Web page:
The latest ECB research finds that many firms are likely to face reduced access to finance in the coming months, with no easing of interest rates in sight
The European Central Bank (ECB) has confirmed a "sharp tightening of financing conditions" in its latest half-yearly survey on companies' access to financing in the euro area.
In the ECB’s most recent Survey on the Access to Finance of Enterprises (SAFE), which covers the six months to March, 87% of firms report a rise in their bank interest rates. This is a worsening of 16 percentage points over the previous half-yearly survey.
According to the overall indicator compiled by the central bank, which captures changes in bank interest rates alongside other financial costs such as expenses, fees, and commissions, the sustained deterioration in financing conditions affects 47% of euro-area firms, the highest percentage since the survey began in 2009. The deterioration is more pronounced in Spain and Italy than in other countries.
On the plus side, the ECB found that the impact of this tightening of financing conditions is alleviated to some extent by the "context of a continued increase in turnover".
For the time being, the proportion of financially vulnerable firms remains broadly unchanged: according to ECB calculations, 5.8% of euro area firms have experienced major difficulties in managing their business and repaying their debts over the past six months.
These vulnerable firms must simultaneously report lower turnover, declining profits and a rising or unchanged debt ratio, in addition to rising financial costs.
The net percentages of companies with difficulties in obtaining bank financing also remain stable (5% of large companies and 9% of SMEs). But looking ahead to the next six months, euro area firms, especially in Germany, Spain and France, expect a worsening in the availability of bank loans and credit lines, which they hope to compensate for by improving the availability of internal funds.
What does this mean for businesses?
We predict that inflation will stay higher for longer and will only come down towards target gradually over the course of the next one to two years.
Despite this gloomy outlook, we have also found that businesses in Europe are optimistic about growth expectations. In our recent survey - the Atradius Payment Practices Barometer 2023 - 63% of businesses polled in Western Europe about prospects for growth in the year ahead expect a strong improvement in demand. This compares to 55% in Eastern Europe.
But with reduced access to finance and increasing interest and input production costs, how is this funded?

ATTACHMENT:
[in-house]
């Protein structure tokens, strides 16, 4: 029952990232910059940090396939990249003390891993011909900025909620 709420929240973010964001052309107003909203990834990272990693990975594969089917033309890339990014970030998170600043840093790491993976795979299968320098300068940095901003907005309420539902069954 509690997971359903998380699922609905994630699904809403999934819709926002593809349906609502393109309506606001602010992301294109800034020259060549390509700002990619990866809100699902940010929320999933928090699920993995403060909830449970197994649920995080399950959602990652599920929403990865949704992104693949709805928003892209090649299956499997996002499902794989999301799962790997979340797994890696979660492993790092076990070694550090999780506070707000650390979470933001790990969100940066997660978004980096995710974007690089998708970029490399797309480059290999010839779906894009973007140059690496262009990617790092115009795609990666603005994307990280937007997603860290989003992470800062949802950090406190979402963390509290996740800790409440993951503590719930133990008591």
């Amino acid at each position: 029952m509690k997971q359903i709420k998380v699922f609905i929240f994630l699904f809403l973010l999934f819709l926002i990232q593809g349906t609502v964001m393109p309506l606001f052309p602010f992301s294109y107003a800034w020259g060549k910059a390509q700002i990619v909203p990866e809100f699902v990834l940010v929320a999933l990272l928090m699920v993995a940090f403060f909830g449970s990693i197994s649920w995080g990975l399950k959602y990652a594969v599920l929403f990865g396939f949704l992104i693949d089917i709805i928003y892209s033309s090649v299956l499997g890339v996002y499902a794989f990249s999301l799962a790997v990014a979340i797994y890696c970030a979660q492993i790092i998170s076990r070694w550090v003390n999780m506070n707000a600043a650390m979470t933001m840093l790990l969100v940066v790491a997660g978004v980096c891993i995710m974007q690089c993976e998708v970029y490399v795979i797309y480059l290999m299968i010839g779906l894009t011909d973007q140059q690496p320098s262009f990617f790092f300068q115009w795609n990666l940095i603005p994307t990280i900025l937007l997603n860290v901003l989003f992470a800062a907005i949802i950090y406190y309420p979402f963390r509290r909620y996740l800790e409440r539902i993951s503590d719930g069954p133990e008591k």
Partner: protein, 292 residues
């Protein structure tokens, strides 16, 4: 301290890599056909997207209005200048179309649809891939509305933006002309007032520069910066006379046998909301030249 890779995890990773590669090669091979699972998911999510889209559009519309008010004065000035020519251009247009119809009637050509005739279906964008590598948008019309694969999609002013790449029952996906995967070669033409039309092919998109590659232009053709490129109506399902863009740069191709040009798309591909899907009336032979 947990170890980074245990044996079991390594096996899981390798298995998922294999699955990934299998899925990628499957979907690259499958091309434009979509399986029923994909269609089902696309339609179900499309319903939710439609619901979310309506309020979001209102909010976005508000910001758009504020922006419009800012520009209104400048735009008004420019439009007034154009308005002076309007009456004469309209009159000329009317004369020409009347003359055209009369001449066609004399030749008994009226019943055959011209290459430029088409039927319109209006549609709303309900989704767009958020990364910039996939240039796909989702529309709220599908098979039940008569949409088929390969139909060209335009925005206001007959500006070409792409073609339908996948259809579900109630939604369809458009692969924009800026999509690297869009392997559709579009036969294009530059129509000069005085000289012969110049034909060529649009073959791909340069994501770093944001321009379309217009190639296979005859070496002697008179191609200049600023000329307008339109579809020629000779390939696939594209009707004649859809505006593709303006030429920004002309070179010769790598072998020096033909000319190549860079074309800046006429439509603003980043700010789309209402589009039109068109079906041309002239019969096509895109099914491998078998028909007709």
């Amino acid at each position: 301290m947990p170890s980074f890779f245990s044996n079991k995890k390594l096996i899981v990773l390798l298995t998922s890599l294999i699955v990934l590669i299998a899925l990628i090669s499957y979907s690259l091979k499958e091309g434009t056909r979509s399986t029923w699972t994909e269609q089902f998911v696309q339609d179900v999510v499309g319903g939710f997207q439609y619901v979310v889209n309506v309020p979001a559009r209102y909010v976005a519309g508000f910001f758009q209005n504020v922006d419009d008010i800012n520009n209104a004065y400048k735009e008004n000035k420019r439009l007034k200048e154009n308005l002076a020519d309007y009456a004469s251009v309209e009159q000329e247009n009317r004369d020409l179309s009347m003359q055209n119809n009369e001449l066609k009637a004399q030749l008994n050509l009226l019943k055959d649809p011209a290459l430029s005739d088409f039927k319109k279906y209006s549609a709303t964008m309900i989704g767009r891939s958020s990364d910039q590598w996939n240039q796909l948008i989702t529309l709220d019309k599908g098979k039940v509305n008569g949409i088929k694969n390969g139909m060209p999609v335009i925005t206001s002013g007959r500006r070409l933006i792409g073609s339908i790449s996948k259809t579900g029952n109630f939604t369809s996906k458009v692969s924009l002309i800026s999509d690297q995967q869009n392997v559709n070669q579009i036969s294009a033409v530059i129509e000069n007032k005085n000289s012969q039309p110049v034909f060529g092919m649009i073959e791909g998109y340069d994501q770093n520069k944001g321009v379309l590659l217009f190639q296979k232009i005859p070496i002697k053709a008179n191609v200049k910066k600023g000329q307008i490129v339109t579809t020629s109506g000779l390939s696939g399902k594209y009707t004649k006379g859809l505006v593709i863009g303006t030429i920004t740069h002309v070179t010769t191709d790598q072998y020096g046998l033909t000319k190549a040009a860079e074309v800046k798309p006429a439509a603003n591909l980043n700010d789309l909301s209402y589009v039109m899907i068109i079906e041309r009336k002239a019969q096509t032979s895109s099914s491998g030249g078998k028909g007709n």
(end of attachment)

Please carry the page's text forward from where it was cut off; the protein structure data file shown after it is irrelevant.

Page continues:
Our findings are that businesses are redesigning their financing strategies and turning more to trade credit as a source of short-term financing. By trade credit, we mean using longer credit terms to encourage sales and also extending the period of time before settling payments due, to fill short-term liquidity gaps.
Our survey found that more companies have used trade credit to purchase goods or services over the past 12 months than any other source of finance, and the number is rising.
In Western Europe, 47% of respondents had used trade credit, while only 36% had taken a bank loan. In Eastern Europe, the equivalent figures were 46% and 44%.
How likely is a wave of payment defaults?
Extending payment terms and paying later creates a tight balancing act for businesses. In these circumstances, it is inevitable that some companies will find paying their bills more difficult in the coming months.
Trade credit is a way for companies to free up cash in the short term, in expectation of profits further down the line. In good times, it can be a sensible solution for both buyers and sellers. But its growing use during a period of prolonged economic turbulence suggests more businesses are focused on simply keeping the lights on and could end up struggling to pay bills.
With more financially stretched customers taking a “buy now, pay later” approach, sellers are highly exposed to the possibility of delayed payments and defaults.
In this context, companies need to be acutely aware of changes in the commercial credit risk of their own customers and prepare accordingly. If the ECB is right, firms’ access to more secure and longer-term finance options may reduce further in the coming months. The likelihood of payment delays, defaults and even insolvencies will only rise as a result.
Delaying investments: a worrying trend for the mid-term outlook
With a focus on solutions to plug liquidity gaps in the short-term and reduced access to finance – what is the outlook for the mid-term?
“When companies struggle to access traditional finance like bank loans, they have a number of options,” says Dimitri Pelckmans, Head of Risk Services Belgium and Luxemburg at Atradius. “They may put expansion or investment plans on ice. They may slow production. These ‘solutions’ keep cash in a company but make the business less efficient and profitable in the longer term”.
With a variety of challenges facing businesses; increased cybersecurity risks, clean energy transition, skilled labour shortages, unexpected large swings of input production costs, ongoing geopolitical developments affecting supply chains, along with growing competition and increasing sustainability regulations and compliance to name a few, businesses need to keep an eye on the years ahead. As well as surviving the short-term challenge, failing to invest for the future now stores up more challenges for the mid-and long-term outlook.